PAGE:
eBay boldly predicted 50 percent sales growth for the next five years during its analyst conference this week. That was enough to push its shares up 17 percent Wednesday but the stock came back to earth after several analysts issued a more cautious outlook.
On Wednesday, eBay (Nasdaq: EBAY) told analysts to expect sales in excess of $3 billion by 2005, saying its online auction market will grow from $1.6 trillion to $2 trillion over that period.
It also said it would record gross profit margins in the mid 80 percent range and operating margins between 30 percent to 35 percent.
At first glance, it would be easy to understand why investors were so jazzed by eBay's outlook.
In fiscal 1999, it posted total sales of $224.7 million, up 161 percent from $86.1 million in 1998.
But some analysts weren't as optimistic.
CS First Boston analyst Heath Terry cut eBay from a "strong buy" rating to a "buy" and set a 12-month price target of $90 a share.
WR Hambrecht's Derek Brown, who cut the stock from a "strong buy" to a "buy" in June, said that while the tone of the analyst meeting was "upbeat," "little new information" was actually revealed.
Brown said the company's $3 billion revenue goal "was an extremely bullish signal, and an indication that our current 2000, 2001, and 2002 estimates are likely conservative."
"On the other hand, we think this target may ultimately prove too aggressive, as it implies the Herculean feat of revenue growth of nearly 50 percent per year for the next five years," he wrote in a research note.
It's amusing that Brown would say that "little new information" was unveiled during the meeting and yet Banc of America Securities analyst Tom Courtney said eBay "provided newly articulated long- term goals, with specific financial information."
Banc of America Securities went on to raise its 12-month price target to $90 a share from $80 a share, but said that it "would not expect many sell-side analysts to raise estimates today, as management would like additional time to provide specific, detailed information for calendar 2001."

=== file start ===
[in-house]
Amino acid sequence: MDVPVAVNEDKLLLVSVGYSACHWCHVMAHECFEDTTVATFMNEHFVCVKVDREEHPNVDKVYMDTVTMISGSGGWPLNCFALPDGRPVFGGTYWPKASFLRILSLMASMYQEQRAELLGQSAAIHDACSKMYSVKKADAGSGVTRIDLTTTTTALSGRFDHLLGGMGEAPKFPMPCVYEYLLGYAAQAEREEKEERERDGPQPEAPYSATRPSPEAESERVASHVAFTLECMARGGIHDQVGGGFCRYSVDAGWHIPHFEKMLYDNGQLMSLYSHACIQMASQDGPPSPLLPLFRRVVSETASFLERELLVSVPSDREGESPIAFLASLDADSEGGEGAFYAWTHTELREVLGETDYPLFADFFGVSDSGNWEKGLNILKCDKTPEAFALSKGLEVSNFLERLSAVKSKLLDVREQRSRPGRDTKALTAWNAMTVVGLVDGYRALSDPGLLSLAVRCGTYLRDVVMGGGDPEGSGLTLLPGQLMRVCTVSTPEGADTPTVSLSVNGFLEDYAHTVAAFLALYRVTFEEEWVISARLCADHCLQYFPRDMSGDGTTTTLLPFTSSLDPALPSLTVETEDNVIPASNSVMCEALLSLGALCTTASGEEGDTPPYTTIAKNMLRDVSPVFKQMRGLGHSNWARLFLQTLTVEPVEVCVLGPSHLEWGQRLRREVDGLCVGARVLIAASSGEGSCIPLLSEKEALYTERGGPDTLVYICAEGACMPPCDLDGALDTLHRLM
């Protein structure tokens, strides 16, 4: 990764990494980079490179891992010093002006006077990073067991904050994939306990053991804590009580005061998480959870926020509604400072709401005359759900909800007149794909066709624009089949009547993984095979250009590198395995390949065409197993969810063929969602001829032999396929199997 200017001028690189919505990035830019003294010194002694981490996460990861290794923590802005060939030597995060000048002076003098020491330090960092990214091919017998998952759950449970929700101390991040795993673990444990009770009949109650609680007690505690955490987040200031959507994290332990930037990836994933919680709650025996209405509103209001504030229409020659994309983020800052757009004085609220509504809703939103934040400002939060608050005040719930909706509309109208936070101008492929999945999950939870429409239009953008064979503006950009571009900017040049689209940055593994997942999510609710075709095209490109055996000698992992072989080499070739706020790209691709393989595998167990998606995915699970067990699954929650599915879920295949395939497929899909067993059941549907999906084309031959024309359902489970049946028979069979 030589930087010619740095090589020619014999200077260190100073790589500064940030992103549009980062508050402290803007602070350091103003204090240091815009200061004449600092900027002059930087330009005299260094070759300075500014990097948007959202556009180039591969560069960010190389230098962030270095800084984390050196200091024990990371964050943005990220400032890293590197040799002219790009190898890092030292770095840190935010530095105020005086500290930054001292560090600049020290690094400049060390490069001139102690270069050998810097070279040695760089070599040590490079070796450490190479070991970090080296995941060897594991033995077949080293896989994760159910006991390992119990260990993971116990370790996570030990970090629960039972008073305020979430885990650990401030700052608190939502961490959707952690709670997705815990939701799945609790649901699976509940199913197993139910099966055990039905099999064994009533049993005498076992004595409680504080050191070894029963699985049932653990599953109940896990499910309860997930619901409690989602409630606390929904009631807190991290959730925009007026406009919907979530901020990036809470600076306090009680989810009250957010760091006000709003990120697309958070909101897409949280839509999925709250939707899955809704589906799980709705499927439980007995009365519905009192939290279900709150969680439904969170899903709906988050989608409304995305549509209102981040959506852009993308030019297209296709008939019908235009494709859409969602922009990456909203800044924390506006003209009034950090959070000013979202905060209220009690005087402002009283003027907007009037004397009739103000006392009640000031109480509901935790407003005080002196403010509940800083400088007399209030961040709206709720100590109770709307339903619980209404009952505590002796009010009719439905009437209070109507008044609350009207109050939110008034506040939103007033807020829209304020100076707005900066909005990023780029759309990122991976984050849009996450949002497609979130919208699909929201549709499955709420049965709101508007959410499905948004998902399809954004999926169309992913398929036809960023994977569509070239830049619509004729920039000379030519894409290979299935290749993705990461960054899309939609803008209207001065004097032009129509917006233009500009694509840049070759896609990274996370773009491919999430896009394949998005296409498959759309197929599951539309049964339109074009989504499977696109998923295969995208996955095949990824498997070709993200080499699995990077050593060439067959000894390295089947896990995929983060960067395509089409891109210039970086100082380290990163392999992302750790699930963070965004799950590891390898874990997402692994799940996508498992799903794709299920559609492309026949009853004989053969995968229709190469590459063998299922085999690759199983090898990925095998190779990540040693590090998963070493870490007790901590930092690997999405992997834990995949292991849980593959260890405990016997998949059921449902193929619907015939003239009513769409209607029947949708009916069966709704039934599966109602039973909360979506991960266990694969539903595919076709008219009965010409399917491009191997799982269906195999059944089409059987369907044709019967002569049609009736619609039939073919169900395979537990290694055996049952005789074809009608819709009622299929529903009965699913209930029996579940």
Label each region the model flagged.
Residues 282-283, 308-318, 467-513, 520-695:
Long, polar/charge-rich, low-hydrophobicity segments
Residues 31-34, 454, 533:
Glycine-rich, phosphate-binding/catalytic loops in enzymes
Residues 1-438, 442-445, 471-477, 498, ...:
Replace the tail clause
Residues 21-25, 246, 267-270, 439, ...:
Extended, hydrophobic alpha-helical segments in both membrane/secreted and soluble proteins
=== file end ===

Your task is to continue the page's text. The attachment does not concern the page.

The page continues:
Chase H&Q didn't change its sales or earnings estimates nor did it upgrade eBay.
"Overall, eBay's competitive position has never been stronger, and we left with the belief that this management team has significantly strengthened and deepened over the past year," it said in a research note. "We are not changing our 2000 or 2001 forecasts at this time; however, we do believe that our estimates, particularly our 2001 projection of 34 percent top-line growth, are conservative with respect to speed of adoption in newer businesses."
Finally, Robertson Stephens Lauren Cooks Levitan maintained her "strong buy" rating on the stock following the meeting.
"We expect shares of eBay to continue reacting positively to the tone and content of this meeting and further expect eBay to disproportionately benefit from any renewed investor enthusiasm for the eConsumer sector in advance of the holiday season," she wrote in a research note. "We continue to view eBay as a ‘safe haven’ investment for investors in this volatile sector given their profitability, dominant market share, and clear opportunities for continued robust business momentum."
In its latest quarter, eBay earned $13.2 million, or 5 cents a share, on sales of $97.4 million.
First Call Corp. consensus expects it to earn 4 cents a share in its third quarter and 19 cents a share in the fiscal year.
Twenty-seven of the 30 analysts following the stock rate it either a "buy" or "strong buy."